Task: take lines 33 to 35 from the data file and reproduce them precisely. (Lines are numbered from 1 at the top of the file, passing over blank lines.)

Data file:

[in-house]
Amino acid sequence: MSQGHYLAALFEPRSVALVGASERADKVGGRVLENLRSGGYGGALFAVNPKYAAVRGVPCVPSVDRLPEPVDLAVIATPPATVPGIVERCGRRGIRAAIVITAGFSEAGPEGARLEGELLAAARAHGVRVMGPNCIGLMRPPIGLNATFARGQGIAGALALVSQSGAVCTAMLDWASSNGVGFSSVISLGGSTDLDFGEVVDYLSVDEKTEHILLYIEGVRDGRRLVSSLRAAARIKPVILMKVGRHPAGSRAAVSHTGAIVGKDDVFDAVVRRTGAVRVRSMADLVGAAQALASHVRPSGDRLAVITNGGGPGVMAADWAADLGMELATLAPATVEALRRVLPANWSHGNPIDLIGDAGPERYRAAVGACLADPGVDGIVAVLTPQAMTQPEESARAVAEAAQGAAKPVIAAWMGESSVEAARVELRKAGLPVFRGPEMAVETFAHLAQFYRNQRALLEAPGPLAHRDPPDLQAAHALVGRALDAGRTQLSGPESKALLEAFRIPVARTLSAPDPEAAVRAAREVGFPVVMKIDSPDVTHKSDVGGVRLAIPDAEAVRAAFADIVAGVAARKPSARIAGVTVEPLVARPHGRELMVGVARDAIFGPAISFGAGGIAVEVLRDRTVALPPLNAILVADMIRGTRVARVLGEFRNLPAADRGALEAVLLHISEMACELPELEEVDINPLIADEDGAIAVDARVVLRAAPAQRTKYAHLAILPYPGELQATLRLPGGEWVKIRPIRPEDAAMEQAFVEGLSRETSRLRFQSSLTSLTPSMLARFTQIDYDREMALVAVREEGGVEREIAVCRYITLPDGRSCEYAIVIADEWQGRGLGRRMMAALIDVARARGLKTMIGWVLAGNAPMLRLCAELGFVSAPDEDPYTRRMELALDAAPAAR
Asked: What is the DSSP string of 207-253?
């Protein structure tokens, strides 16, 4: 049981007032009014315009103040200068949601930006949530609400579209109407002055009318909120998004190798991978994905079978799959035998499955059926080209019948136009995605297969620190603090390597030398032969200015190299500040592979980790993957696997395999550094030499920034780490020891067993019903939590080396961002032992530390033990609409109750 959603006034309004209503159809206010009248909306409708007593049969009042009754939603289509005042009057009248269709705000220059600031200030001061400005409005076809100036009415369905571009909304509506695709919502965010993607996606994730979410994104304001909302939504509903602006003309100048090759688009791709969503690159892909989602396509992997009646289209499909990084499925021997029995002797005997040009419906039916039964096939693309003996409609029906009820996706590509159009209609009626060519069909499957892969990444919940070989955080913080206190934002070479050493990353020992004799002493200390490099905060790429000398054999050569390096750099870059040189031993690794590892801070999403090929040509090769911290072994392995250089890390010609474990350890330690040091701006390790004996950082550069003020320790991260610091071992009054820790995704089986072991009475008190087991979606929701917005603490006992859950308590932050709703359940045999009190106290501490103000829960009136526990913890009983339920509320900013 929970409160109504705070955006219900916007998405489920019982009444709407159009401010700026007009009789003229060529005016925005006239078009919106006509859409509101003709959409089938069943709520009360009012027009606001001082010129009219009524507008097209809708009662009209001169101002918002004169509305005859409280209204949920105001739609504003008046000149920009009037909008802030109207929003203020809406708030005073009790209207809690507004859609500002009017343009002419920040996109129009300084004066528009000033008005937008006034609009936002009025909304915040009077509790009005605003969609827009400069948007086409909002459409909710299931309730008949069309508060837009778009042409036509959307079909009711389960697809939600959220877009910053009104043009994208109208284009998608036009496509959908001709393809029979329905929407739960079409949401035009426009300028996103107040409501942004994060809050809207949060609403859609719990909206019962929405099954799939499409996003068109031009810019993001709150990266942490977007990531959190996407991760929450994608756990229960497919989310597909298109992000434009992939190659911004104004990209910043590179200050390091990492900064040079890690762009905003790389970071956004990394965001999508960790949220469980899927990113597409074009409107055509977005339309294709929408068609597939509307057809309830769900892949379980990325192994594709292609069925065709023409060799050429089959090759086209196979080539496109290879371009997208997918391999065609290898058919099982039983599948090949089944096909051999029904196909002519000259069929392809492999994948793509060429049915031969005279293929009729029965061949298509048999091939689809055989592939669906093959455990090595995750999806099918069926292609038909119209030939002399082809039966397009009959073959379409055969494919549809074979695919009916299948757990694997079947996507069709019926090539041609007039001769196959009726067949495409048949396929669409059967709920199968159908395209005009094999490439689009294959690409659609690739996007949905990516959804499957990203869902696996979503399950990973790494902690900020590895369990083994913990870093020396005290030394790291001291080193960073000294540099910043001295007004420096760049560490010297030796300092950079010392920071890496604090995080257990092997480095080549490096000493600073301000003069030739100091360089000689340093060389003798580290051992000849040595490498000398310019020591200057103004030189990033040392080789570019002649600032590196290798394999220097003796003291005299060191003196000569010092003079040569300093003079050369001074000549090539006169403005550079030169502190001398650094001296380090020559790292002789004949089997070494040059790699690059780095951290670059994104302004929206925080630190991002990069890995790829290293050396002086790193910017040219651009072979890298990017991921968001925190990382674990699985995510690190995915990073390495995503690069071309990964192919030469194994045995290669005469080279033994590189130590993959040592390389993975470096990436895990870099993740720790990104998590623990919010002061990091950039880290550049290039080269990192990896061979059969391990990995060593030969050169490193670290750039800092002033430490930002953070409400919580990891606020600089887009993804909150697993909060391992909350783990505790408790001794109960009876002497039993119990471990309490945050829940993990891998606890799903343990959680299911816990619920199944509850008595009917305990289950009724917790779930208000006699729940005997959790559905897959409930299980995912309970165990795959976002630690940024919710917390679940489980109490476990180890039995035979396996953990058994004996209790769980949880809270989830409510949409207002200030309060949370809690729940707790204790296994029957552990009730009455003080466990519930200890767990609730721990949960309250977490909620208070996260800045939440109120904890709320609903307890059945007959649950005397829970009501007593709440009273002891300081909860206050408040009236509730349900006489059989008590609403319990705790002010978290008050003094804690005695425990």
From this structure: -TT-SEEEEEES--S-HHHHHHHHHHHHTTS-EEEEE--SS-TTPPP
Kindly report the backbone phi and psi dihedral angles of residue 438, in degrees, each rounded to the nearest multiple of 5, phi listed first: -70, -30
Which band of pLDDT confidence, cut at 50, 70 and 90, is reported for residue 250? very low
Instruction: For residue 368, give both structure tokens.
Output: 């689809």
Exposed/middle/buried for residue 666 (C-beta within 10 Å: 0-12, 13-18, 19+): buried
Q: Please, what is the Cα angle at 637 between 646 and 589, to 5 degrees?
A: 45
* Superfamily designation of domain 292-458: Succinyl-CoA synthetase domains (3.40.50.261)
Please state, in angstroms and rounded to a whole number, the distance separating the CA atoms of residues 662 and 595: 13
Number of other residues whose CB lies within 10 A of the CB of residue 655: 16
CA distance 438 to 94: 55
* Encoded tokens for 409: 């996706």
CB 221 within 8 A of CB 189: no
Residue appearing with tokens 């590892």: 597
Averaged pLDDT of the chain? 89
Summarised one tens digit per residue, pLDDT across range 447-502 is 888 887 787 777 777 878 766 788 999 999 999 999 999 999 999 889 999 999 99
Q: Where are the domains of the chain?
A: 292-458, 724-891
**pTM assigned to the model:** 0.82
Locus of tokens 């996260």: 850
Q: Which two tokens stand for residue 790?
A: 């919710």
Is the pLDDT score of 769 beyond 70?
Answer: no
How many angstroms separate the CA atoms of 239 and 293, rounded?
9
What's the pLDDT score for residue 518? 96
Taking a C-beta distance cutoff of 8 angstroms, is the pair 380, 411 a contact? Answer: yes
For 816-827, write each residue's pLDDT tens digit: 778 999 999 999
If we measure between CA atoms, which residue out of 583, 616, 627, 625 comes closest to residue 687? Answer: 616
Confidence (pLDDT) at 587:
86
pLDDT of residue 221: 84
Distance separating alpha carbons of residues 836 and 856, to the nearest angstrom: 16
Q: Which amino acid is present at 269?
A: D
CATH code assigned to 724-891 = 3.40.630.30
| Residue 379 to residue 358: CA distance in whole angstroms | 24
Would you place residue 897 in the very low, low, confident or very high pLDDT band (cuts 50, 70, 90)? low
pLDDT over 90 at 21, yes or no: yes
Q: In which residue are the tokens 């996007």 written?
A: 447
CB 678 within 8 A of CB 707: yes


Taking a C-beta distance cutoff of 8 angstroms, is the pair 380, 411 a contact? Answer: yes
For 816-827, write each residue's pLDDT tens digit: 778 999 999 999
If we measure between CA atoms, which residue out of 583, 616, 627, 625 comes closest to residue 687? Answer: 616